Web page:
Reference information and resources to provide insight into sending your science experiment or technology demonstration to the space station.
Researcher Guide Series by Discipline
This series educates potential users of the space station platform on how their ground‐based experiments can be translated to the space environment. Each guide is designed to “start the conversation” of how new researchers can find opportunities as well as assistance in the proposal development process.
NASA astronaut Andrew Morgan waters the plant pillows in which Mizuna mustard greens are growing for the Veg-04B experiment. Veg-04B focuses on the effects of light quality and fertilizer on the leafy Mizuna crop, microbial food safety, nutritional value and the taste acceptability by the crew.
Open Source Science Opportunities
A listing of several archives and repositories of scientific and technological data from spaceflight, flight analog, and ground-based research investigations, including experiments operated within or outside the International Space Station. Learn about these ever-expanding databases of projects and explore your own areas of interest or science discipline.
NASA astronaut Victor Glover setting up an experiment in the Microgravity Science Glovebox.
Interested in your technology development being demonstrated onboard the space station? This site identifies and plans station Exploration technology payloads sponsored by various NASA directorates. Department of Defense payloads integrated by the Space Test Program are also included.
Former NASA astronaut Peggy Whitson works on the Genes In Space-3 experiment demonstrating ways in which portable, real-time DNA sequencing can be used to monitor crew health aboard the space station.
Payload Design Guide
This guide provides best practices and “tricks of the trade” to help the payload developer be successful when collaborating with NASA on designing, developing, and flying a payload on the space station.
NASA astronaut and Expedition 65 Flight Engineer Mark Vande Hei works inside the Life Science Glovebox (LSG) for the Celestial Immunity study that may provide insights into new vaccines and drugs possibly advancing the commercialization of space. The LSG is located in the Kibo laboratory module from the Japan Aerospace Exploration Agency.
Research & Technology Organization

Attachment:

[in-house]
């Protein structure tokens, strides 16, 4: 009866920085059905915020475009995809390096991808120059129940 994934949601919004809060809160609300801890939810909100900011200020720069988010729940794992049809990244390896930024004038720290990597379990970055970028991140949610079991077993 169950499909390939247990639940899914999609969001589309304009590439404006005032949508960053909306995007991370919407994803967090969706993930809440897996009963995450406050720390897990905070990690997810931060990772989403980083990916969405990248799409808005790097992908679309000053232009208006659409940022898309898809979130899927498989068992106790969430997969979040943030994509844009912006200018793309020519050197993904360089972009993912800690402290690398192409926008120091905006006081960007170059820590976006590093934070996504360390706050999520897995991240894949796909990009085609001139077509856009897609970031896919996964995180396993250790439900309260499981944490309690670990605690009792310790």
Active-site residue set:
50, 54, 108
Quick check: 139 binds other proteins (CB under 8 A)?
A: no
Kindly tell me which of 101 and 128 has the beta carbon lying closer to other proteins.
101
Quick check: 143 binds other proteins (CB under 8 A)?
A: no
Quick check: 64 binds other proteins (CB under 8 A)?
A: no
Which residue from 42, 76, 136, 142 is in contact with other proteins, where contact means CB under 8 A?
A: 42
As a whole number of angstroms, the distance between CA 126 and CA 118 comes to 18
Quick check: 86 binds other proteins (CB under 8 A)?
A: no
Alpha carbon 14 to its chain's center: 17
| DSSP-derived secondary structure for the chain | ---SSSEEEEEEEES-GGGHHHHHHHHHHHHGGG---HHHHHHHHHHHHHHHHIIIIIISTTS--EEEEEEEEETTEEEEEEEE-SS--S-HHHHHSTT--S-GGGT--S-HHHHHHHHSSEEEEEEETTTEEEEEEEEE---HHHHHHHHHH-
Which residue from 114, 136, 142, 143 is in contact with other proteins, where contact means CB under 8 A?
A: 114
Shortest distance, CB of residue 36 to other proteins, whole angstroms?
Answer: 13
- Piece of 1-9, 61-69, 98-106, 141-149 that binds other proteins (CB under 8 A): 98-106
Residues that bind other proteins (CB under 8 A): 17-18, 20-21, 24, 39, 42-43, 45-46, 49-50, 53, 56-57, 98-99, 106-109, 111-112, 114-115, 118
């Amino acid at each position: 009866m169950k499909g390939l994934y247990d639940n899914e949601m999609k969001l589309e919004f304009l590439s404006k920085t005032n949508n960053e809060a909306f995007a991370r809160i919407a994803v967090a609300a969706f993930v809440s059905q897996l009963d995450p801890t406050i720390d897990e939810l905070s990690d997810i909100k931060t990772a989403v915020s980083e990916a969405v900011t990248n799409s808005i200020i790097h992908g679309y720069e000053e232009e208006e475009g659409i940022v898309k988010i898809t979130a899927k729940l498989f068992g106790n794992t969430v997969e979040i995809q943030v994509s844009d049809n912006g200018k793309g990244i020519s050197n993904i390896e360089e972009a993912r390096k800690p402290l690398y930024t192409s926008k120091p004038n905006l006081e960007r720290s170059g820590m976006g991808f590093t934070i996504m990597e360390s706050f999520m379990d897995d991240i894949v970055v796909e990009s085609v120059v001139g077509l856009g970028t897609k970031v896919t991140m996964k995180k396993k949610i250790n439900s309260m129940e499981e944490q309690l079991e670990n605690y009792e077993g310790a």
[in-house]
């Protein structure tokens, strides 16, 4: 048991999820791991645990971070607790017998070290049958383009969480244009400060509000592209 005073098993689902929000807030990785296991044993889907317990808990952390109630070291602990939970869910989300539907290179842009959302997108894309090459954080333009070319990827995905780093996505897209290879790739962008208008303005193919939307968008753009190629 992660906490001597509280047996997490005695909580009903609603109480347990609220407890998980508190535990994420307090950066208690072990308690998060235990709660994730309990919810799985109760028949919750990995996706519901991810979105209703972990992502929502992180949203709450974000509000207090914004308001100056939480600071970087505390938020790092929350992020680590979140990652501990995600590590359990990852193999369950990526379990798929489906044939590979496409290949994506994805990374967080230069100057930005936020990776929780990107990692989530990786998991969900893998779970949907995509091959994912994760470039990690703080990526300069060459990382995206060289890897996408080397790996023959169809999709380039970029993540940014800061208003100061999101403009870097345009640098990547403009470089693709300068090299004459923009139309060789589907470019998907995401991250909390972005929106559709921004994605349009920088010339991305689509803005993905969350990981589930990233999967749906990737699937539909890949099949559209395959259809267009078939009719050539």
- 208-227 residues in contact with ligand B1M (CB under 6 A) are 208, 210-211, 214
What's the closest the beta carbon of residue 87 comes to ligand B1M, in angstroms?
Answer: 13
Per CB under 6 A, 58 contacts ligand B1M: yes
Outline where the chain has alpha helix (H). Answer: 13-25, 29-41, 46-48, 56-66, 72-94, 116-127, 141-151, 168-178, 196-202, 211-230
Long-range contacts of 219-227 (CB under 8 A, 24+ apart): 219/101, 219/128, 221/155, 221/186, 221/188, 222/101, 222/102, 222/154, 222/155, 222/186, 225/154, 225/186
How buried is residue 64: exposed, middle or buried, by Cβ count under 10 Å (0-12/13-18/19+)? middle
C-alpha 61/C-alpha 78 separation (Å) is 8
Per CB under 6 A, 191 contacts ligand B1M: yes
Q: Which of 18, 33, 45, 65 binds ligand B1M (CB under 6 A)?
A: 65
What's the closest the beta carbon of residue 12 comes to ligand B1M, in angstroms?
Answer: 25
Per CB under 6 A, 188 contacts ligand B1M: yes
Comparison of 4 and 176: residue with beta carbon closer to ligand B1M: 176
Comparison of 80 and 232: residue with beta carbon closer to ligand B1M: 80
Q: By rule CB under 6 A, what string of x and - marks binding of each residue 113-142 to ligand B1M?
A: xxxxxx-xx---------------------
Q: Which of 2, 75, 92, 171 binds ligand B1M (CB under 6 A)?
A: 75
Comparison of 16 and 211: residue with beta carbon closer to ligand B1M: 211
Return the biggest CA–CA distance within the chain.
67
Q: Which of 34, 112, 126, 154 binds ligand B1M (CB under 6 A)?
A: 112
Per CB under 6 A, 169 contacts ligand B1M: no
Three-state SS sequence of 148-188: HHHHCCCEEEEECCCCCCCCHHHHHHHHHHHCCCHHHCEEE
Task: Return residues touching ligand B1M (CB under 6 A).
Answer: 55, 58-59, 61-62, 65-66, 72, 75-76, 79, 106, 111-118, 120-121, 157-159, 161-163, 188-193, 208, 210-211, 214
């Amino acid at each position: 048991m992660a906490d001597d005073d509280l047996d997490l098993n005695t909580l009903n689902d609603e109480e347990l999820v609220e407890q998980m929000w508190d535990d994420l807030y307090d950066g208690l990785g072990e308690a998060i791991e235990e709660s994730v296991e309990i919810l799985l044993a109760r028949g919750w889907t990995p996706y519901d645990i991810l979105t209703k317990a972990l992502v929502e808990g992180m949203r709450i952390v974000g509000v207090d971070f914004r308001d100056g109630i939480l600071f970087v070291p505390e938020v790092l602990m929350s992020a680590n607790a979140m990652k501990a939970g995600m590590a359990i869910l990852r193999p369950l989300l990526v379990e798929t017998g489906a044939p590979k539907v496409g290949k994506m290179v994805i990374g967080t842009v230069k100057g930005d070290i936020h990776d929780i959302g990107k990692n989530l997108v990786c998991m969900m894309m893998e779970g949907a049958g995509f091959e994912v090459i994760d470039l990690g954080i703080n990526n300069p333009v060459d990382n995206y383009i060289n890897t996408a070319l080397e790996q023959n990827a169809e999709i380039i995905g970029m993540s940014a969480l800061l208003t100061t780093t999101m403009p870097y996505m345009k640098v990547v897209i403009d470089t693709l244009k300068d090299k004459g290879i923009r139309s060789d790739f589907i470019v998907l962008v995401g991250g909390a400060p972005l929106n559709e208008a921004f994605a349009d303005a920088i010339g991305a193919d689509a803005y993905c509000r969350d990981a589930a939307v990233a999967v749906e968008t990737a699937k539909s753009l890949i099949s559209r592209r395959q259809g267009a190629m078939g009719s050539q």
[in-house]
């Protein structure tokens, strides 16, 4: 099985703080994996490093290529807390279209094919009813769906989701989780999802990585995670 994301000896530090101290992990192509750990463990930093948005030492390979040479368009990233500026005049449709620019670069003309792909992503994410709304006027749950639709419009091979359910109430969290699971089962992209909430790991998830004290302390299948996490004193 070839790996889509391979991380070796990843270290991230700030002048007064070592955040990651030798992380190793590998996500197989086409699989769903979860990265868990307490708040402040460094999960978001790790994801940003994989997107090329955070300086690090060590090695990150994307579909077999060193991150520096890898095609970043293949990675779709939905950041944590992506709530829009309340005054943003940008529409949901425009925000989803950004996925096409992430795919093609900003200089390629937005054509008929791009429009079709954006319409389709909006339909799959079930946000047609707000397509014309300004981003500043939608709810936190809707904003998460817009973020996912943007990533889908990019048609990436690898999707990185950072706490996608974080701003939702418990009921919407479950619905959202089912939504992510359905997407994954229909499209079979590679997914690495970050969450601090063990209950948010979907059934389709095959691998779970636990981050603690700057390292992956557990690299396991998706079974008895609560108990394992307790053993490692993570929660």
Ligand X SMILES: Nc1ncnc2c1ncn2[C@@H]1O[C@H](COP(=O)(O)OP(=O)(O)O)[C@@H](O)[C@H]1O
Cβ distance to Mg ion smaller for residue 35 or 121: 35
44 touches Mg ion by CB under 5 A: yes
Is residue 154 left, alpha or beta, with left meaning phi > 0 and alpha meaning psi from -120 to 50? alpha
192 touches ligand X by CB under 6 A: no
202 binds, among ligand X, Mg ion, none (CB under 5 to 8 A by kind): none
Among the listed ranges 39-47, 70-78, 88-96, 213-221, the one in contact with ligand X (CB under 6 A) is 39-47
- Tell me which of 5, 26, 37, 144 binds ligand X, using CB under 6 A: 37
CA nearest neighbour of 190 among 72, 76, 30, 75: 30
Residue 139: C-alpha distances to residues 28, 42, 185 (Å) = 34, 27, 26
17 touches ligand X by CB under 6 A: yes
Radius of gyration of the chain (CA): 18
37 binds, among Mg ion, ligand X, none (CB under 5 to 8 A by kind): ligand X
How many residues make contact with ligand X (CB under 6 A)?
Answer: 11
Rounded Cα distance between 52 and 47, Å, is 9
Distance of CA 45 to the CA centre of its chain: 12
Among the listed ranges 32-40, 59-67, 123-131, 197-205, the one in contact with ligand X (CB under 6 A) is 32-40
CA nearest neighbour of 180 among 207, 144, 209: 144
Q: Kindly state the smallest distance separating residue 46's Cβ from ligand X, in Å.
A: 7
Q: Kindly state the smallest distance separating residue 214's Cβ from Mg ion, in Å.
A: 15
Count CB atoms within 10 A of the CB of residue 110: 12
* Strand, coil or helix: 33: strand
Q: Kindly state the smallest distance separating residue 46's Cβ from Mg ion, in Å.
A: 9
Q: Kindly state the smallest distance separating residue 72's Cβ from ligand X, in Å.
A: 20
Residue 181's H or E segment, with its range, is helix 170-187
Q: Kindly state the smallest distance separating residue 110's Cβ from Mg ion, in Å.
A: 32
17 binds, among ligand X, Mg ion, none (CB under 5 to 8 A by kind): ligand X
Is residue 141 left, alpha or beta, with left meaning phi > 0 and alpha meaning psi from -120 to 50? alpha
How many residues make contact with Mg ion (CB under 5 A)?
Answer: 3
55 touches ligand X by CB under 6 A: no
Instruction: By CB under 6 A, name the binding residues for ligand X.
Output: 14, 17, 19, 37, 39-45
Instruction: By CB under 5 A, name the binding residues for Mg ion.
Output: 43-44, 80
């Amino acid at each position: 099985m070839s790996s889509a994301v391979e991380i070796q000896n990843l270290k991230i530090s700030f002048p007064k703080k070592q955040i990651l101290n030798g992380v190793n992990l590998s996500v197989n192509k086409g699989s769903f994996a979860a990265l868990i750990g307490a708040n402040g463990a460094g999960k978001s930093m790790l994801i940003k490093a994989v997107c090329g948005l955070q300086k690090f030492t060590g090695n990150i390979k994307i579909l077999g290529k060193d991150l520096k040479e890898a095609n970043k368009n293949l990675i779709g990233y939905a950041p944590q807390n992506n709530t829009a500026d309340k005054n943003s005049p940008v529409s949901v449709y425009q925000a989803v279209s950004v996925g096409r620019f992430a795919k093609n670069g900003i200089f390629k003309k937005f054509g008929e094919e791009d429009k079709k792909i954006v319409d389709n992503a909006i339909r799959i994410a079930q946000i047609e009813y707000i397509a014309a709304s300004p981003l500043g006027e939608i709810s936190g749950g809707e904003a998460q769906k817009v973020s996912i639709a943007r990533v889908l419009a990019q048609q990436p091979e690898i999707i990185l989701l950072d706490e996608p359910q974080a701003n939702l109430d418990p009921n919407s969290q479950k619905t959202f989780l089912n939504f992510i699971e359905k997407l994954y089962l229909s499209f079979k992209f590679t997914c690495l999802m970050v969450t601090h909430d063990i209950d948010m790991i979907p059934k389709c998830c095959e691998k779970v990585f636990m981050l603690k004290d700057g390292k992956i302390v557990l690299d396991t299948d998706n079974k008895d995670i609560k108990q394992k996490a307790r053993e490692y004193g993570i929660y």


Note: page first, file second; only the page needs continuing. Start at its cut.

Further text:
If you have any questions about getting your research onboard the space station, here is the contact information for the Space Station Research management team and the International Space Station Research Client Helpline.
Conducting research on the ISS National Laboratory demonstrates to U.S. citizens and the world that space is accessible, affordable, and capable of supporting the research and development necessary to make the fundamental business case for sustainable industrial demand in low Earth orbit.
Supporting research in science and technology is an important part of NASA's overall mission. NASA solicits this research through the release of various research announcements in a wide range of science and technology disciplines.
NASA astronauts Jessica Watkins and Bob Hines work on XROOTS, which used the station’s Veggie facility to test liquid- and air-based techniques to grow plants rather than traditional growth media.
In Space Production Applications
NASA supports In Space Production Applications (InSPA) awards to help the selected companies raise the technological readiness level of their products and move them to market, propelling U.S. industry toward the development of a sustainable, scalable, and profitable non-NASA demand for services and products in low Earth orbit.
The 2022 Annual Highlights of Results from the International Space Station is now available. This latest edition contains bibliometric analyses, a list of all the publications documented in fiscal year 2022, and synopses of the most recent and recognized scientific findings from investigations conducted onboard the space station.
Watch all of the episodes of the NASA Explorers: Microgravity video series as we follow a team of scientists during their journey to launch research off our planet to the space station and see what microgravity may reveal.
The Tympanogen team prepares their science samples in the Space Station Processing Facility (SSPF) at Kennedy Space Center in Cape Canaveral, Florida. The samples were carried to the International Space Station on a SpaceX rocket.
Photo courtesy of Tympanogen Team
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